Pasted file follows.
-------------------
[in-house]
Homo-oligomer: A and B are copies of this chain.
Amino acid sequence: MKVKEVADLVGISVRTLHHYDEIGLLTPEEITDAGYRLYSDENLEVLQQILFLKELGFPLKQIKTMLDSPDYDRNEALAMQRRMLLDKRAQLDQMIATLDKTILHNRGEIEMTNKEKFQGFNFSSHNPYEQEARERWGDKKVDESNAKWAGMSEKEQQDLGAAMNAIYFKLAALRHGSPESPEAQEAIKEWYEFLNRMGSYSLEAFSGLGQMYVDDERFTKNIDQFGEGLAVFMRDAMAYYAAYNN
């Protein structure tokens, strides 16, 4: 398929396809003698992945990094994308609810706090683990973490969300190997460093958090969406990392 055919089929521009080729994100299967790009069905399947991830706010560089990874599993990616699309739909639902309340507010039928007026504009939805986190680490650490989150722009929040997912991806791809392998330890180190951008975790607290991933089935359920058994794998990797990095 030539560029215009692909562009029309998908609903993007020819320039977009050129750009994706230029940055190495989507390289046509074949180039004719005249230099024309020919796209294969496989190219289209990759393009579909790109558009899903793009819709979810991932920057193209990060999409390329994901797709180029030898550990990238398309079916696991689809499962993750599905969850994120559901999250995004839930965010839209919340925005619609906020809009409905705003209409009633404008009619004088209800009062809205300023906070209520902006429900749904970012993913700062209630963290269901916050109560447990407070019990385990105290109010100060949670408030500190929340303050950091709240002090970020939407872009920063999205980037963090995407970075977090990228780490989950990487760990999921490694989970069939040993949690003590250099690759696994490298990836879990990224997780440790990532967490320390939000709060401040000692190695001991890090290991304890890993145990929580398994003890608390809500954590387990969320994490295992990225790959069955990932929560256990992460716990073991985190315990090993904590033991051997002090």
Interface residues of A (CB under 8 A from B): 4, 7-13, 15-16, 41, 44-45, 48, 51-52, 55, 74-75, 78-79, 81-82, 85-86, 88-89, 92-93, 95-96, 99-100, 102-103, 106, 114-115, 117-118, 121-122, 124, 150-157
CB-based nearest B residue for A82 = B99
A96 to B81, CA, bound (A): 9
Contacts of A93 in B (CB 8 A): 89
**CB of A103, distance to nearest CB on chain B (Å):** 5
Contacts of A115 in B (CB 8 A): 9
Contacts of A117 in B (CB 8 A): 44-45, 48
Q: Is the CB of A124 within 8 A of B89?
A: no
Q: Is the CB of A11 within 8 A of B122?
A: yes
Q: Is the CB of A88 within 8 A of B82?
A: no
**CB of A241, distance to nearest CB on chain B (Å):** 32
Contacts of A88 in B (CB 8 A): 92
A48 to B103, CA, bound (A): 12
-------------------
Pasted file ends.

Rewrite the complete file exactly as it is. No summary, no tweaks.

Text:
[in-house]
Homo-oligomer: A and B are copies of this chain.
Amino acid sequence: MKVKEVADLVGISVRTLHHYDEIGLLTPEEITDAGYRLYSDENLEVLQQILFLKELGFPLKQIKTMLDSPDYDRNEALAMQRRMLLDKRAQLDQMIATLDKTILHNRGEIEMTNKEKFQGFNFSSHNPYEQEARERWGDKKVDESNAKWAGMSEKEQQDLGAAMNAIYFKLAALRHGSPESPEAQEAIKEWYEFLNRMGSYSLEAFSGLGQMYVDDERFTKNIDQFGEGLAVFMRDAMAYYAAYNN
């Protein structure tokens, strides 16, 4: 398929396809003698992945990094994308609810706090683990973490969300190997460093958090969406990392 055919089929521009080729994100299967790009069905399947991830706010560089990874599993990616699309739909639902309340507010039928007026504009939805986190680490650490989150722009929040997912991806791809392998330890180190951008975790607290991933089935359920058994794998990797990095 030539560029215009692909562009029309998908609903993007020819320039977009050129750009994706230029940055190495989507390289046509074949180039004719005249230099024309020919796209294969496989190219289209990759393009579909790109558009899903793009819709979810991932920057193209990060999409390329994901797709180029030898550990990238398309079916696991689809499962993750599905969850994120559901999250995004839930965010839209919340925005619609906020809009409905705003209409009633404008009619004088209800009062809205300023906070209520902006429900749904970012993913700062209630963290269901916050109560447990407070019990385990105290109010100060949670408030500190929340303050950091709240002090970020939407872009920063999205980037963090995407970075977090990228780490989950990487760990999921490694989970069939040993949690003590250099690759696994490298990836879990990224997780440790990532967490320390939000709060401040000692190695001991890090290991304890890993145990929580398994003890608390809500954590387990969320994490295992990225790959069955990932929560256990992460716990073991985190315990090993904590033991051997002090």
Interface residues of A (CB under 8 A from B): 4, 7-13, 15-16, 41, 44-45, 48, 51-52, 55, 74-75, 78-79, 81-82, 85-86, 88-89, 92-93, 95-96, 99-100, 102-103, 106, 114-115, 117-118, 121-122, 124, 150-157
CB-based nearest B residue for A82 = B99
A96 to B81, CA, bound (A): 9
Contacts of A93 in B (CB 8 A): 89
**CB of A103, distance to nearest CB on chain B (Å):** 5
Contacts of A115 in B (CB 8 A): 9
Contacts of A117 in B (CB 8 A): 44-45, 48
Q: Is the CB of A124 within 8 A of B89?
A: no
Q: Is the CB of A11 within 8 A of B122?
A: yes
Q: Is the CB of A88 within 8 A of B82?
A: no
**CB of A241, distance to nearest CB on chain B (Å):** 32
Contacts of A88 in B (CB 8 A): 92
A48 to B103, CA, bound (A): 12